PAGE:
In 1996 JoAnn partnered with Cindy Martin and Jamie Faye Fenton to create Transgender Forum. In 2006 JoAnn took full control of Transgender Forum and somewhere along the line it became TGForum. At the beginning of this year JoAnn sold TGF to new owners who have vowed to keep what made TGForum unique and help it grow as the best place on the Internet for accurate information about transgender issues.

JoAnn was the heir to a crossdressing event in the Pocono Mountains that had been run in the ‘80s by a TG named Joyce Dewhurst. Under JoAnn’s guidance it became Paradise in the Poconos and quickly outgrew the small venue that Dewhurst had used. The event was held every year in the Poconos until the host venue was sold or shut down. JoAnn moved the party to Rehobeth Beach, Delaware and it continued till last year as Beauty and the Beach.

JoAnn helped found several TG organizations besides Renaissance and served on the boards of IFGE, and AEGIS (chair from 1992 to 1996). She was the author of the Gender Bill of Rights in 1990. She published a Who’s Who of the TG community and was the driving force for The Second International Congress on Crossdressing, Sex and Gender hosted by Renaissance in suburban Philadelphia in 1997.

JoAnn was a whirlwind of energy and a force to be reckoned with. As TGF contributor and author Dallas Denny says, “JoAnn was a fierce advocate for transgendered and transsexual people and wasn’t afraid to say what needed to be said when it needed to be said. As a member of the IFGE board she called for an audit, which resulted in attack from other board members. She rightly took IFGE to task more than a dozen times in editorials.”

In the past few years JoAnn had withdrawn from the TG community as an active leader and was devoting time to her wife, their two cats and their dogs Spike and Bear. Her first love was model trains and she enjoyed working on her basement O scale layout. She was taken from us too soon. The world, and the TG community, could use more people like JoAnn Roberts.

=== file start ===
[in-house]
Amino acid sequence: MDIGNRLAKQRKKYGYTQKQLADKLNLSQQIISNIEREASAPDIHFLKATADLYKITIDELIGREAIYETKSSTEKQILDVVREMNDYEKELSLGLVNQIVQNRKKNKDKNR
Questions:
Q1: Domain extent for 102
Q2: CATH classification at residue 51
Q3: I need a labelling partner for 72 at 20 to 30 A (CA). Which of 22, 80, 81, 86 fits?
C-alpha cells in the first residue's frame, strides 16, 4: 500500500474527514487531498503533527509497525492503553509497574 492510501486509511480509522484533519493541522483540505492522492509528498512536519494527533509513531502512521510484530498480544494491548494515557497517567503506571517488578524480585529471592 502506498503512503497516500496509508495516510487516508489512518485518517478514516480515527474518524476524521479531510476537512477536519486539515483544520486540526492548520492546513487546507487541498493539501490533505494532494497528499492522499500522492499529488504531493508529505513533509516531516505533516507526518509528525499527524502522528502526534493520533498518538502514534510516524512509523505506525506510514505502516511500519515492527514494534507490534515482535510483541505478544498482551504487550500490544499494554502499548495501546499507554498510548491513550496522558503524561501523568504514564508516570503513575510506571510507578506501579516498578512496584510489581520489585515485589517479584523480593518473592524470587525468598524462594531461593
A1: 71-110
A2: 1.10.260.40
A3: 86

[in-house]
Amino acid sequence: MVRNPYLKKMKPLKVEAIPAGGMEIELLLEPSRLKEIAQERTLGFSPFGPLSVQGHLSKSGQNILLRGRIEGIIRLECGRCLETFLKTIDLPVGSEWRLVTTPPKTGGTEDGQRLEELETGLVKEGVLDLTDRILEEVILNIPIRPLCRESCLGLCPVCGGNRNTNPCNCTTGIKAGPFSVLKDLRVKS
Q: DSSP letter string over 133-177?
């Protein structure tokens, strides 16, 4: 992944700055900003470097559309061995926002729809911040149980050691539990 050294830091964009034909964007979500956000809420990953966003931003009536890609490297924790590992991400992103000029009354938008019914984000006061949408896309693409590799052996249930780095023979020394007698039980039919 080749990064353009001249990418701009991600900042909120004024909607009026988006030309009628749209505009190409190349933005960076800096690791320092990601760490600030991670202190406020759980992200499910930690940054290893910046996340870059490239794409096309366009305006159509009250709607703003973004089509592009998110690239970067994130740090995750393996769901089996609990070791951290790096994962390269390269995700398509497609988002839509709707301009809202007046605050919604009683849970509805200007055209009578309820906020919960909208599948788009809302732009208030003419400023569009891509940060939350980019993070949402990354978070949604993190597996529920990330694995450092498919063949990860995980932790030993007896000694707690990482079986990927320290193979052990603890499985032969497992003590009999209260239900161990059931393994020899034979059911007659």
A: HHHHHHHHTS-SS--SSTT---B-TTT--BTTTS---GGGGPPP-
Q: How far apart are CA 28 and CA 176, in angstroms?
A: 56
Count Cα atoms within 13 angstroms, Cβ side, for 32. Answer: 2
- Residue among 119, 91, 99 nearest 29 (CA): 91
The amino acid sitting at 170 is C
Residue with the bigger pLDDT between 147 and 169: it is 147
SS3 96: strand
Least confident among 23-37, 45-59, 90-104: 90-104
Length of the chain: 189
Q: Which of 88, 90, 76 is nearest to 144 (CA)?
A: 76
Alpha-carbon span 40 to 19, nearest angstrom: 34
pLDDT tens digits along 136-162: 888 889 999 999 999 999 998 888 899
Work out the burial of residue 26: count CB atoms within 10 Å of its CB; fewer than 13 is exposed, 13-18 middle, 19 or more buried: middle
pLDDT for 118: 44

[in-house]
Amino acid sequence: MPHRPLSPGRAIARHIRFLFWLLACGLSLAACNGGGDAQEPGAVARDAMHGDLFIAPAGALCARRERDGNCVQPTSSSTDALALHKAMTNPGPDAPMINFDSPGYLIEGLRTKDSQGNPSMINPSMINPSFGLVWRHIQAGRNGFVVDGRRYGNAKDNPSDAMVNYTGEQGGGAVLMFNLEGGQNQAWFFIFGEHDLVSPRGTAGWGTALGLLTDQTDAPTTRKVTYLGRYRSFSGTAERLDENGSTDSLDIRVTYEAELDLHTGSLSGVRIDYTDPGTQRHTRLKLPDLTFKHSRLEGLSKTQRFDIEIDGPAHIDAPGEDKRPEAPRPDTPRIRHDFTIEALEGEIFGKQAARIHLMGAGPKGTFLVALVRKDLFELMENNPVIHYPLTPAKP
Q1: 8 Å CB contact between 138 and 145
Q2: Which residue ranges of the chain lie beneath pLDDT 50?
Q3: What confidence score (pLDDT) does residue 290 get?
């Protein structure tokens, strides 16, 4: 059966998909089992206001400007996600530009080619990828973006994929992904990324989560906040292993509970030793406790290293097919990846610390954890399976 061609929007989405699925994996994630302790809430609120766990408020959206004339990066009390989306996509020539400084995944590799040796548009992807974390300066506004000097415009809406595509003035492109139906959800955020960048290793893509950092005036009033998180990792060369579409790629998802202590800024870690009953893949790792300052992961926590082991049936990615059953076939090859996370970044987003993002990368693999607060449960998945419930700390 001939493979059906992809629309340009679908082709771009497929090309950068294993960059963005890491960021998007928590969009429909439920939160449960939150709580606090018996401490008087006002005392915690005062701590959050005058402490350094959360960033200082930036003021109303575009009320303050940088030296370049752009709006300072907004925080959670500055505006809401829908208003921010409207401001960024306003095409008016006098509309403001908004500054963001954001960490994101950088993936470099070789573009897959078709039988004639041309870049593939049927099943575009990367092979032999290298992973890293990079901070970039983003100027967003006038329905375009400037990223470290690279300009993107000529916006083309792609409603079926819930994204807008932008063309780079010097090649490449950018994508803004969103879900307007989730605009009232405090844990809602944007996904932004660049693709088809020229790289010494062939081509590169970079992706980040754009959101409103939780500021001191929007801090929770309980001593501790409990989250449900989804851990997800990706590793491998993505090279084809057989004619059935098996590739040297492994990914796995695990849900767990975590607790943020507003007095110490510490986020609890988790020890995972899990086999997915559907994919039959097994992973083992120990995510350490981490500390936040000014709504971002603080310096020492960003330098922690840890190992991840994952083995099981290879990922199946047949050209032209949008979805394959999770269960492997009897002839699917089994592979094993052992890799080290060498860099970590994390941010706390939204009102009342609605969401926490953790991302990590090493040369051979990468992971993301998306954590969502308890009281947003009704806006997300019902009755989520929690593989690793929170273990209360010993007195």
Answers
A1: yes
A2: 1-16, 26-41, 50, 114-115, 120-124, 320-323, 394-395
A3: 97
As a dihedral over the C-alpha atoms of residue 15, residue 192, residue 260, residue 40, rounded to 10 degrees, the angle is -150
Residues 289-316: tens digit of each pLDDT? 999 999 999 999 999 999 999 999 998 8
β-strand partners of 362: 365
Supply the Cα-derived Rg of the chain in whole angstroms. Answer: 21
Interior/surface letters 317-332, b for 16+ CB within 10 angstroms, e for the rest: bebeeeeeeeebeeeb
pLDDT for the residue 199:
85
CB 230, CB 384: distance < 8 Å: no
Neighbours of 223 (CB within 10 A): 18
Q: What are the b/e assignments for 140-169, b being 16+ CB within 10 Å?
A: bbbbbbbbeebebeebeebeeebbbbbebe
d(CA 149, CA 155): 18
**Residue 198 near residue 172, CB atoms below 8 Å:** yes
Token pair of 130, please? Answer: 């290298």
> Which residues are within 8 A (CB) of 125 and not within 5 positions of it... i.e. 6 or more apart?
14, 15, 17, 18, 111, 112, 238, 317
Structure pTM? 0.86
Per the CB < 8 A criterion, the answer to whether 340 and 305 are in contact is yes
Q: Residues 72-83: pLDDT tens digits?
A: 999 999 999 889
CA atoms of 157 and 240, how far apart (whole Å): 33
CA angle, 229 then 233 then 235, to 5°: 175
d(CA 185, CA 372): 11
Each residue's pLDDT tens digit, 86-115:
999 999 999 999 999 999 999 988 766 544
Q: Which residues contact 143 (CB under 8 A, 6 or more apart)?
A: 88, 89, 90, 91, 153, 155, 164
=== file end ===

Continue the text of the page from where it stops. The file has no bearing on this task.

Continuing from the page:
Amanda Richards has created a Facebook page to celebrate JoAnn’s life. Please visit it to leave your memories of her.

This article was corrected on June 10, 2013. Melanie Bryant was incorrectly called Melanie Bryan.

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Category: Transgender Community News


About the Author ()

Angela Gardner is a founding member of The Renaissance Transgender Assoc., Inc., former editor of its newsletter and magazine, Transgender Community News. She was the Diva of Dish for TGF in the late 1990s and Editor of LadyLike magazine until its untimely demise. She has appeared in film and television shows portraying TG characters, as well as representing Renaissance on numerous talk shows.

Comments (11)

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  1. cena cena says:

    I always enjoyed seeing and talking with JoAnn. I attended many of the early Paradise In The Pocono events and each was a rewarding and enjoyable experience. Jo had lots of advice and make-up tips that I still treasure and continue to use. She was always accepting and enthusiastic, while encouraging others to fully reach their potential! She will surely be missed by many!